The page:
The Happy Alien Facts serve as the common name for this remarkable plant due to its unique appearance. It is also recognized as a highly unusual species. Understandably, its common name originates from the distinctive blooms it possesses.
Furthermore, it naturally grows only in one location in the world. However, it has gradually spread, presumably due to human activity. Consequently, it now appears in Chile and Argentina. Nonetheless, its presence in these regions is currently limited to scattered locations.
Additionally, it was Charles Darwin himself who officially discovered this amazing species during his 1831-1836 expedition. However, unofficial descriptions of it date as far back as 1791 by other individuals.
At present, the IUCN has not yet included it in its Red List of Threatened Species. Nevertheless, its restricted range makes it vulnerable. Potential threats to its survival include habitat loss and climate change.
The physical characteristics of the Happy Alien are truly unique and somewhat enigmatic. Botanists classify this small plant as both an evergreen and a perennial species.
A fully grown plant rarely exceeds a height of 5 inches (12.7 cm). Its leaves also remain small and take on a distinct tongue-shaped structure. Similar to most alpine plants, it has a relatively shallow root system.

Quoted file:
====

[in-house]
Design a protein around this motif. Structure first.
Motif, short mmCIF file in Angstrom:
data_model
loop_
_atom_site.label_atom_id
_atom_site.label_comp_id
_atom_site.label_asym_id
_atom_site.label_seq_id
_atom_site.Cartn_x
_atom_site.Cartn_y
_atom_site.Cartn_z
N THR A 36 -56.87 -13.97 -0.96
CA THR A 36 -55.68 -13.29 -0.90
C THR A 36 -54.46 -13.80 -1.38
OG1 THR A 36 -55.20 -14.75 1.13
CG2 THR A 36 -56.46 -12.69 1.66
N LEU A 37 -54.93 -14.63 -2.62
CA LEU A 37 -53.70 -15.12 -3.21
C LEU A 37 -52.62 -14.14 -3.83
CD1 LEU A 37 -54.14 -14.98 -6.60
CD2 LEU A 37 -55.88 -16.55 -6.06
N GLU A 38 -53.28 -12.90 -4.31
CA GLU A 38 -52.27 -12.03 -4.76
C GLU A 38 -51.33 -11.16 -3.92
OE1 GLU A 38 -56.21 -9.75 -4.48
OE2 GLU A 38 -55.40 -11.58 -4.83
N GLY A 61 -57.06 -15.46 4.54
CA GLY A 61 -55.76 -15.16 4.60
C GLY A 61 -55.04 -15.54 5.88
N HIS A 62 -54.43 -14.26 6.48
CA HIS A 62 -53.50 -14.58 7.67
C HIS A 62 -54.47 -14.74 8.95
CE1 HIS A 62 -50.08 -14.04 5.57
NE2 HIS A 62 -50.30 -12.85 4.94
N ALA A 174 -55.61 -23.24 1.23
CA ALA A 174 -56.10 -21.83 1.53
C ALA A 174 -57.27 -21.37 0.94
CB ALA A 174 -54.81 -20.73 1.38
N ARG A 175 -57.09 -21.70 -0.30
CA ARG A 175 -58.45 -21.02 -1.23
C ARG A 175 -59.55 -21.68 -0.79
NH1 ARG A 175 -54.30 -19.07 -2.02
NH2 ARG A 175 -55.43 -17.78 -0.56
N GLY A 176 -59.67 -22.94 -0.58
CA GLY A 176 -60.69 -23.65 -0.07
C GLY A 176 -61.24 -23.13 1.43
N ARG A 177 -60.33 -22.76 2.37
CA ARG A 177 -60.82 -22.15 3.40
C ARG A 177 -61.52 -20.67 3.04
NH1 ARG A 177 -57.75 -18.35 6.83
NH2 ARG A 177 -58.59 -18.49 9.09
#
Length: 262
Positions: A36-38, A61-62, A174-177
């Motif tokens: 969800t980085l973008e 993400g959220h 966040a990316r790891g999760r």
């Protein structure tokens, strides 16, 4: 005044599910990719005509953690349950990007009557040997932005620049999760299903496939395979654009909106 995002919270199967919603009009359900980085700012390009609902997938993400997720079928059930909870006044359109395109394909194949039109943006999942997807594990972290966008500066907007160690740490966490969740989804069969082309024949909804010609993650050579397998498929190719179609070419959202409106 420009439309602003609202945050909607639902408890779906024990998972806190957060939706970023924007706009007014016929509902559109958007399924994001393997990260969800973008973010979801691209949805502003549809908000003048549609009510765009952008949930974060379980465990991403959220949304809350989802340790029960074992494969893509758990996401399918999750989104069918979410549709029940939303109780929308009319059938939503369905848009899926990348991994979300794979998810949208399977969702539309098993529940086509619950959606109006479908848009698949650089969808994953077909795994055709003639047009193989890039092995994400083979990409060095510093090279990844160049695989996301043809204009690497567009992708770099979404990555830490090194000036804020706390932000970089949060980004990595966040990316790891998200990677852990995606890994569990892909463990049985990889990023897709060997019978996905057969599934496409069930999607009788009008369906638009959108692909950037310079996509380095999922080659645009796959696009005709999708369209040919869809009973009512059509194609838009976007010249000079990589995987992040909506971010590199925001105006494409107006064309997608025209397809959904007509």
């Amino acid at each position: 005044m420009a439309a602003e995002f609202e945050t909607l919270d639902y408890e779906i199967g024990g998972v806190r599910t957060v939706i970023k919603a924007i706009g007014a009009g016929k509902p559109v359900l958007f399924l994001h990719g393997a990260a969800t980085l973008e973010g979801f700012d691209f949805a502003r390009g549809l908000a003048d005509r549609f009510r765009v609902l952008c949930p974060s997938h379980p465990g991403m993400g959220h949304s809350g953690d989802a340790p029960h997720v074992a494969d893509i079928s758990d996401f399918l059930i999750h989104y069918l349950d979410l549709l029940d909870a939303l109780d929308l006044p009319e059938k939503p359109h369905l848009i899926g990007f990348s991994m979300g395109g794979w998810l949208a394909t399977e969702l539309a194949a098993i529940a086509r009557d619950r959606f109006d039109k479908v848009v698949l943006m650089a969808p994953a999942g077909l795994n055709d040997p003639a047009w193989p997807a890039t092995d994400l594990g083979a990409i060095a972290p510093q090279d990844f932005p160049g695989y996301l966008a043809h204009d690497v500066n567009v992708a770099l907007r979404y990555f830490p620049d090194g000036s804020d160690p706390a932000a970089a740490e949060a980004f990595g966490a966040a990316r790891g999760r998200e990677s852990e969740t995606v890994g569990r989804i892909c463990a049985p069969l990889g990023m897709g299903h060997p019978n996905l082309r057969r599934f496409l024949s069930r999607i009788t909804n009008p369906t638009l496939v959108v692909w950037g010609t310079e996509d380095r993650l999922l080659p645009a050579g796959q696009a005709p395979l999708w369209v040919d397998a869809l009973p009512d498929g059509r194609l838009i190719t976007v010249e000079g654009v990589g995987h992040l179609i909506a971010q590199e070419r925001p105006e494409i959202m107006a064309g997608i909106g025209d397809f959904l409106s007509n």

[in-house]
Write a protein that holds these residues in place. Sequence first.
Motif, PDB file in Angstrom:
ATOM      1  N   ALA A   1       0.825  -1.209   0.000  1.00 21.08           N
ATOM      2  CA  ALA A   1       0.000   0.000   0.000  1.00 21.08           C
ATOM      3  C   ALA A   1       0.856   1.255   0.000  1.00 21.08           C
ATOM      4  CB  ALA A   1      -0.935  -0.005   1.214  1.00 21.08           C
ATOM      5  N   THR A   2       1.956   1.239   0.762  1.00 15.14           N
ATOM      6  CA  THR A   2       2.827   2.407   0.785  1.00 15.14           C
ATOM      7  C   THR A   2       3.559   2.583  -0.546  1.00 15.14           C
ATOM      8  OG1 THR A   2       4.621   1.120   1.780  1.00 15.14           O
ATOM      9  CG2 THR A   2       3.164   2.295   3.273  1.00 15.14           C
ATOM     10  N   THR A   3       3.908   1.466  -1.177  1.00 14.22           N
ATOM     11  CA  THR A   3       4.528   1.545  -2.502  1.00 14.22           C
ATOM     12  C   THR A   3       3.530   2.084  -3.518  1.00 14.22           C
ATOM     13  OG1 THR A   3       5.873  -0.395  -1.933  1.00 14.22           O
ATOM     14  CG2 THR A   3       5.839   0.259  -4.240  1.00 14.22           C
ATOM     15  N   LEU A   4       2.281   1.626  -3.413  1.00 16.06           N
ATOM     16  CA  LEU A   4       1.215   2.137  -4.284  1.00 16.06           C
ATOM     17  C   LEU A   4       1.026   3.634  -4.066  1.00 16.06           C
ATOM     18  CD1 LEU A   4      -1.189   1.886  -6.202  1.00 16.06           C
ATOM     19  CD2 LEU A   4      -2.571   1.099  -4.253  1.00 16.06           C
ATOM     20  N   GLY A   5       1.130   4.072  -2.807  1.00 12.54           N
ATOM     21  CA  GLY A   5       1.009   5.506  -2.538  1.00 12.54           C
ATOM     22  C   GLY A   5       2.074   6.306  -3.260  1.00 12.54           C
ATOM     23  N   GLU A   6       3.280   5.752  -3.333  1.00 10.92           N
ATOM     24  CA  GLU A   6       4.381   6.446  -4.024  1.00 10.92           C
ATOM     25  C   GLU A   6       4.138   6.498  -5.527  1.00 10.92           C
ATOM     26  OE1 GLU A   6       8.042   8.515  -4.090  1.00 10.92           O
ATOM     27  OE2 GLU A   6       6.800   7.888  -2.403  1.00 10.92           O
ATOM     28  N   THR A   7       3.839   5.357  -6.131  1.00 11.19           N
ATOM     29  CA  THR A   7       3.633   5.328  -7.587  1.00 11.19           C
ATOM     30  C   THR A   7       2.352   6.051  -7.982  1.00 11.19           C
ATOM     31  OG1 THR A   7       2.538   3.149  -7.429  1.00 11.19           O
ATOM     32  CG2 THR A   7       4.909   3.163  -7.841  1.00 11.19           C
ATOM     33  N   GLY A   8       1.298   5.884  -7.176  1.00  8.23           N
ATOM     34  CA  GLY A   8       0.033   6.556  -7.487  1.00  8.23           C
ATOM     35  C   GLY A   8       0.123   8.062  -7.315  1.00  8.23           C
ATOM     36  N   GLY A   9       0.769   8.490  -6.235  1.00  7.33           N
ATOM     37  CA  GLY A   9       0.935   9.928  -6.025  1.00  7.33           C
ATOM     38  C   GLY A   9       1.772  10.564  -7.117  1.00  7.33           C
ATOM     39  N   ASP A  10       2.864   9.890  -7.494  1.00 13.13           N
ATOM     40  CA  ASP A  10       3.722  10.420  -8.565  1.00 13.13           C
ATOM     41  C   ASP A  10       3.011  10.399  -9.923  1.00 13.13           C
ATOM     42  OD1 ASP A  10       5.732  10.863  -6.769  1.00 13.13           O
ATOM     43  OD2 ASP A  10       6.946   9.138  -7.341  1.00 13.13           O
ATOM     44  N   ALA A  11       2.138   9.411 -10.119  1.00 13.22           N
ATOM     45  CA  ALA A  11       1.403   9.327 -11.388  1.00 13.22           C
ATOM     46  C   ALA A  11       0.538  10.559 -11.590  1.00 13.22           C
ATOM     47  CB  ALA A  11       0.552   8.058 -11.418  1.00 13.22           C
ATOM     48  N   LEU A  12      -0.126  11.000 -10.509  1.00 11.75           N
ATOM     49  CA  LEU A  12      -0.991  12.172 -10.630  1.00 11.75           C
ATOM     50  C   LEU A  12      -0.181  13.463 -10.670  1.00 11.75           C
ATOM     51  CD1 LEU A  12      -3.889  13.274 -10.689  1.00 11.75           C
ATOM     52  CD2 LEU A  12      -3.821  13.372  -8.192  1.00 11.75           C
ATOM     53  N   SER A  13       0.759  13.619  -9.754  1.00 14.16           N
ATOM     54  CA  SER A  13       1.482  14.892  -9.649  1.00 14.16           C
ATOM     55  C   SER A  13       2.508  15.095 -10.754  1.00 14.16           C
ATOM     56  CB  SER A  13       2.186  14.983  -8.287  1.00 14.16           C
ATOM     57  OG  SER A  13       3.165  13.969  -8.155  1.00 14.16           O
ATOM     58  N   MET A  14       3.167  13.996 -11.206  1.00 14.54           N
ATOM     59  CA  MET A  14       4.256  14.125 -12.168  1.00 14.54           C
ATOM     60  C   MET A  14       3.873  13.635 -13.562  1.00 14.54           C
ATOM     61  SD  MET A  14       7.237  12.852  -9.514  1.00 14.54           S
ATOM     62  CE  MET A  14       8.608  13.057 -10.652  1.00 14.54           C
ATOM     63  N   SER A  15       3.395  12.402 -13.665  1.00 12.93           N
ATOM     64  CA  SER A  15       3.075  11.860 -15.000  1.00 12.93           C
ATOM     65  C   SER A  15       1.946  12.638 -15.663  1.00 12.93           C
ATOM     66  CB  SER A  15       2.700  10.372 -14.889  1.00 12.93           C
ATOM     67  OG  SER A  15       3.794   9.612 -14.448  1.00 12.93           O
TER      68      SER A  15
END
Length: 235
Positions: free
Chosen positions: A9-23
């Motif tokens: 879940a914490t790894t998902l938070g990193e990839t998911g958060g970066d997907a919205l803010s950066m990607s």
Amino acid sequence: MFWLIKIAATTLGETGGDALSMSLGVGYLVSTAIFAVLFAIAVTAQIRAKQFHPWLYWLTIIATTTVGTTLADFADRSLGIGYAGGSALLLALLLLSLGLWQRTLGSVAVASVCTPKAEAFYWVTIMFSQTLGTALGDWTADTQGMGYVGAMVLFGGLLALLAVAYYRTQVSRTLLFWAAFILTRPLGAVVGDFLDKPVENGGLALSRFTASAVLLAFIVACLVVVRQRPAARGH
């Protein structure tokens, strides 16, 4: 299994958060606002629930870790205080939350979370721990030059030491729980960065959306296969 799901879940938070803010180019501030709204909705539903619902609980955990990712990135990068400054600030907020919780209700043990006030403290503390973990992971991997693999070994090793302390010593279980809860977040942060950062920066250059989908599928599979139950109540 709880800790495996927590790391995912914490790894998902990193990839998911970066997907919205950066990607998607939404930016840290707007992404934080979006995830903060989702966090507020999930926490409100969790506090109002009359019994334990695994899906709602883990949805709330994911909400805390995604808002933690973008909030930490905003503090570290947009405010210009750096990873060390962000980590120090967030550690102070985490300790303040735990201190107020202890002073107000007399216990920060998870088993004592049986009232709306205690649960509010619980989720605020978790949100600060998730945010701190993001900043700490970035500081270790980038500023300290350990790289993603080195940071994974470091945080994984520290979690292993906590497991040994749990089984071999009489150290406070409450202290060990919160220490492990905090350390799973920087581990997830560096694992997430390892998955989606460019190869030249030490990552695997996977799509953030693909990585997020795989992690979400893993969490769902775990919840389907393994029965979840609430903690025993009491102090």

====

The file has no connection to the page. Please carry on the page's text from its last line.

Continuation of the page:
However, the most remarkable feature of this plant lies in its lovely and distinctive flowers. They have a pouch-like shape and grow to approximately 2 inches (5 cm) in length. The shape of these flowers is the origin of its name.
Typically, the flowers develop in shades of orange-yellow. However, combinations of red hues can also appear on parts of the bloom. They grow on short, slender stems, with a white band present at the mouth.
The Happy Alien, despite spreading through human actions, evolved as a native species within a highly isolated range. Originally, this charming plant grew exclusively in the archipelago of Tierra del Fuego in South America.
The Happy Alien is a cold climate mountain species. Its typical habitat includes a wide range of types, as long as they remain open and well-drained. These habitats encompass coastal rock and sand regions, scrubland, moors, cliffs, and steppes.
Furthermore, the appropriately named blooms appear throughout the summer. Its abundant fruits consist of small capsules. However, unlike most flowering plants, this species achieves pollination through birds rather than insects.
Finally, its aromatic blooms attract numerous birds that feed on the uncolored band. In the process, these birds collect its pollen, which then gets transmitted to the next flower the animal visits, ensuring its propagation.